My favorite guesthouse on all of the Annapurna Circuit was in Upper Pisang. We chose one way up on a hill with an amazing viewpoint. There we sat, in the sun, looking at the mountains and drinking masala chai tea! At this point, the weather started getting colder and we would be cold for the next few days!

Food at Guesthouse in Upper Pisang NPR 1760.00
Viewpoint snack NPR 450.00
Another snack NPR 200.00
Tea NPR 50.00
Bhraka snacks NPR 230.00
Wifi NPR 200.00
Breakfast NPR 350.00
Chapstick NPR 120.00
Gloves NPR 300.00
Kleenex NPR 60.00

Obligatory jumping pick

Day 5-6 – Upper Pisang to Manang (stayed in Manang 2 nights)

We stayed in Manang for two nights to acclimatize and have a rest day, although Phil took the “rest day” to do an additional ice lake hike! Manang felt to me like an old western town. It’s really beautiful and so, so different (as really all of the towns are along this Circuit) from every other village we had passed.

Total = 4405 NPR or approximately $40 USD

Food at Guesthouse in Manang NPR 4275.00
Croissant NPR 130.00

Probably the most amazing view of any hotel in my life (Upper Pisang)

Day 7 – Manang to Yak Kharka

Total = 2410 NPR or approximately $22 USD

This day’s expenses are pretty simple – just one item! After Manang, the trail gets colder, steeper and you get more tired! It’s harder to breathe and you have a week of trekking weighing on you. Despite this, the excitement of heading toward the highest point of the trek (Thorong La Pass at over 5400 meters) drives you forward!

Food at Guesthouse in Yak Kharka NPR 2410.00

Playing cards with friends made on the trail, enjoying the views, and drinking CHAI!

Day 8 – Yak Kharka to Thorong Phedi

Total = 4740 NPR or approximately $43 USD

The night before trekking up to Thorong La Pass was FREEZING. We had heavy blankets in our guesthouse room, and a common area to hang out in with a fire. When we finally did “summit” the pass, the feeling was incredible and I celebrated by buying a way-too-expensive Snickers bar from the little shack (the only structure) on top of the Pass. IT WAS DELICIOUS.

Food at Guesthouse in Thorong Phedi NPR 3600.00
Snickers on top of Thorong La Pass! NPR 400.00
Lunch NPR 740.00

Phil’s ice lake excursion – he takes no days off!

Day 9 – Thorong Phedi to Muktinath

Total = 2740 NPR or approximately $25 USD

Coming down from the Pass can be a bit sad because you’ve already achieved what you set out to do. However, the views continue to stun and amaze on the other side of the Annapurna Circuit. We couldn’t believe the diversity in the shifting landscapes on this trek.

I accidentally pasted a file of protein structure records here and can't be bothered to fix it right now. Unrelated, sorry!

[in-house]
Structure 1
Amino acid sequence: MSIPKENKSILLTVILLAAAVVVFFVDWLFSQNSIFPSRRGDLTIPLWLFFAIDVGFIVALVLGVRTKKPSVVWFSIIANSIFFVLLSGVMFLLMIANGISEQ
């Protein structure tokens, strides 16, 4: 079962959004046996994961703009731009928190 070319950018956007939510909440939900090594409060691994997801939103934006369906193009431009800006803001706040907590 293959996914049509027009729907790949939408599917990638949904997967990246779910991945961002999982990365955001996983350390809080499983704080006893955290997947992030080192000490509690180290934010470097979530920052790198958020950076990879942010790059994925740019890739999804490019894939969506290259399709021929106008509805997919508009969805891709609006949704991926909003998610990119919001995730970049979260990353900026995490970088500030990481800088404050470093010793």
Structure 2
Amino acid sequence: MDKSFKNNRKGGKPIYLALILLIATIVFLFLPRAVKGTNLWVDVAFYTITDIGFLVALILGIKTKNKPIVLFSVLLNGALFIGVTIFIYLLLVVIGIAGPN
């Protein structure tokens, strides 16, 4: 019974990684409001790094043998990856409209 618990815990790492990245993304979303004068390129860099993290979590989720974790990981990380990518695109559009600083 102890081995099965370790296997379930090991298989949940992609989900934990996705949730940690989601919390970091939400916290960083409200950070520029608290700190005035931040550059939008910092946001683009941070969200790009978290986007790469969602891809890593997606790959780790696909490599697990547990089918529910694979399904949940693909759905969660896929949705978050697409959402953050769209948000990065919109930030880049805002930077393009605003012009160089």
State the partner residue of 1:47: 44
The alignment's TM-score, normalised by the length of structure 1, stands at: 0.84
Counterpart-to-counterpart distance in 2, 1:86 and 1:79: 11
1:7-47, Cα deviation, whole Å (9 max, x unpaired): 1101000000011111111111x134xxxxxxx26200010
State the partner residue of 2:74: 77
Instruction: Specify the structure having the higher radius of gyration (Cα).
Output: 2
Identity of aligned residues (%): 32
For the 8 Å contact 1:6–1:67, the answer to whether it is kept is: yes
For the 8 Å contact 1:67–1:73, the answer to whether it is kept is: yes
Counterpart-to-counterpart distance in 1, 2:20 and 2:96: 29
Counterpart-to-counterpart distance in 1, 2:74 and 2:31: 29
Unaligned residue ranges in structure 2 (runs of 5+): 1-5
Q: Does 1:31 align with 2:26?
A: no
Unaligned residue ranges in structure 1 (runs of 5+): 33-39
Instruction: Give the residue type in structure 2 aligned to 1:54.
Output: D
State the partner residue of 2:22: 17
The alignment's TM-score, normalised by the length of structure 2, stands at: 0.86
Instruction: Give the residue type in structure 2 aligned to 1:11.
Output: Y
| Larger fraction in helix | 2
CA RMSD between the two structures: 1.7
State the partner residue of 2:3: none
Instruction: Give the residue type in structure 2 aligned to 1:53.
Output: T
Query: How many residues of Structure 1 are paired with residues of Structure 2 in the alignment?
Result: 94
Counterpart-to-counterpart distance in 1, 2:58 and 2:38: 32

Food at Guesthouse in Muktinath NPR 1940.00
Lunch in Lubra NPR 800.00

You’ll find piles of prayer flags everywhere…

Day 10 – Muktinath to Marpha

Total = 8159 NPR or approximately $74 USD

Definitely check out some of these beautiful little villages – Marpha was awesome, even though we were exhausted and probably didn’t explore the area as much as we should have. We hitched a ride part of the way on the road to Marpha with a school bus full of kids.

I know many people complain about this road they’ve built on the Circuit, and it IS very dusty, but man – so convenient for moments like this when you feel like fast-forwarding to warmth and cheating on your hiking a little bit (sorry, hardcore trekkers!).

Food at Guesthouse in Marpha NPR 2310.00
Chips NPR 140.00
Chowmein NPR 350.00
Bus from Marpha to Ghasa NPR 1500.00
Bus from Ghasa to Phokara NPR 2200.00
Breakfast NPR 1186.00
Coffee NPR 473.00

THE BEST!

How much money should you carry with you?

There aren’t any ATMs on the Annapurna Circuit, so you should withdraw cash in Pokhara or Kathmandu before getting on the bus to Besisahar.

Looking at our expenses, if you’re thrifty like us—you probably don’t need any more than $500 USD per person, and that’s playing it really safe. It’s good to have extra cash for emergencies or unexpected expenses.

I carried a money belt to keep my cash in throughout the trek as well as my trekking permits.

HOWEVER, I stupidly put it against my skin while trekking and my permits disintegrated a little bit from my sweat… ew, so I don’t know if that was the BEST method. Maybe carrying a money belt on the outer layer of your clothes is a better option!

That’s our itinerary and cost breakdown! Like we said, there are other ways to customize this trek if you plan it yourselves. You can take buses from other villages back to Pokhara, or even fly there! We planned this as we went because we wanted the flexibility, but it’s up to you! Hope this breakdown gives you a rough idea of what it costs to trek the Annapurna Circuit as a couple! It’s one of the most amazing treks in the WORLD and we’ll definitely do it again someday 🙂

Here is a downloadable PDF version of our 11-day itinerary and cost breakdown, without the photos. Happy trekking!